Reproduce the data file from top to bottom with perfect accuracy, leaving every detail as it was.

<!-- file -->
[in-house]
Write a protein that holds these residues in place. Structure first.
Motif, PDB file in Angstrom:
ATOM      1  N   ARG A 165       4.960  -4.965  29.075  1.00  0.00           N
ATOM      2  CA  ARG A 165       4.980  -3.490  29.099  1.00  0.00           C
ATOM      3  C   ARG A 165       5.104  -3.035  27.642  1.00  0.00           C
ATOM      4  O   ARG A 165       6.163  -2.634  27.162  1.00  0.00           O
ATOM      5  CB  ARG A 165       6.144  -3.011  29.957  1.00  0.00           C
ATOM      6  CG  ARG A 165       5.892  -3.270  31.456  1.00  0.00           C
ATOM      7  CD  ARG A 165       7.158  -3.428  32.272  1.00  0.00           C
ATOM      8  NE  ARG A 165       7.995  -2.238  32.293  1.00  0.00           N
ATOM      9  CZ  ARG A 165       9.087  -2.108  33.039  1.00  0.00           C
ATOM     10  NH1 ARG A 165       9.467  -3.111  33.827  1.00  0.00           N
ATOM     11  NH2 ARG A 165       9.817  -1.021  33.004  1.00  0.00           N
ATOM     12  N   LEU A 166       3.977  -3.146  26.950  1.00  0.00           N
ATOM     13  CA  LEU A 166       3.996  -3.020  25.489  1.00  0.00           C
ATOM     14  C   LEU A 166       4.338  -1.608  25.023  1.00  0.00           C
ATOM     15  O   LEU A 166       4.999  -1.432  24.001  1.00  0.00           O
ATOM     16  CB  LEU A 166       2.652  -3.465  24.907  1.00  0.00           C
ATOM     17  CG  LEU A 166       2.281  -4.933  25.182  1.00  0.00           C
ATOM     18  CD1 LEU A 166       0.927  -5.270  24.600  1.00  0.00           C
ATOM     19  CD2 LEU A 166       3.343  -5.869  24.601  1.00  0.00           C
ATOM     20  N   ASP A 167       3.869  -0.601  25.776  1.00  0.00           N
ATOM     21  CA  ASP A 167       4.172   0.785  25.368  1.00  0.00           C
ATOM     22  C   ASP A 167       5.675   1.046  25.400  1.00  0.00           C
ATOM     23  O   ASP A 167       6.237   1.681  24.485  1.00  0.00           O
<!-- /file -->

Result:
[in-house]
Write a protein that holds these residues in place. Structure first.
Motif, PDB file in Angstrom:
ATOM      1  N   ARG A 165       4.960  -4.965  29.075  1.00  0.00           N
ATOM      2  CA  ARG A 165       4.980  -3.490  29.099  1.00  0.00           C
ATOM      3  C   ARG A 165       5.104  -3.035  27.642  1.00  0.00           C
ATOM      4  O   ARG A 165       6.163  -2.634  27.162  1.00  0.00           O
ATOM      5  CB  ARG A 165       6.144  -3.011  29.957  1.00  0.00           C
ATOM      6  CG  ARG A 165       5.892  -3.270  31.456  1.00  0.00           C
ATOM      7  CD  ARG A 165       7.158  -3.428  32.272  1.00  0.00           C
ATOM      8  NE  ARG A 165       7.995  -2.238  32.293  1.00  0.00           N
ATOM      9  CZ  ARG A 165       9.087  -2.108  33.039  1.00  0.00           C
ATOM     10  NH1 ARG A 165       9.467  -3.111  33.827  1.00  0.00           N
ATOM     11  NH2 ARG A 165       9.817  -1.021  33.004  1.00  0.00           N
ATOM     12  N   LEU A 166       3.977  -3.146  26.950  1.00  0.00           N
ATOM     13  CA  LEU A 166       3.996  -3.020  25.489  1.00  0.00           C
ATOM     14  C   LEU A 166       4.338  -1.608  25.023  1.00  0.00           C
ATOM     15  O   LEU A 166       4.999  -1.432  24.001  1.00  0.00           O
ATOM     16  CB  LEU A 166       2.652  -3.465  24.907  1.00  0.00           C
ATOM     17  CG  LEU A 166       2.281  -4.933  25.182  1.00  0.00           C
ATOM     18  CD1 LEU A 166       0.927  -5.270  24.600  1.00  0.00           C
ATOM     19  CD2 LEU A 166       3.343  -5.869  24.601  1.00  0.00           C
ATOM     20  N   ASP A 167       3.869  -0.601  25.776  1.00  0.00           N
ATOM     21  CA  ASP A 167       4.172   0.785  25.368  1.00  0.00           C
ATOM     22  C   ASP A 167       5.675   1.046  25.400  1.00  0.00           C
ATOM     23  O   ASP A 167       6.237   1.681  24.485  1.00  0.00           O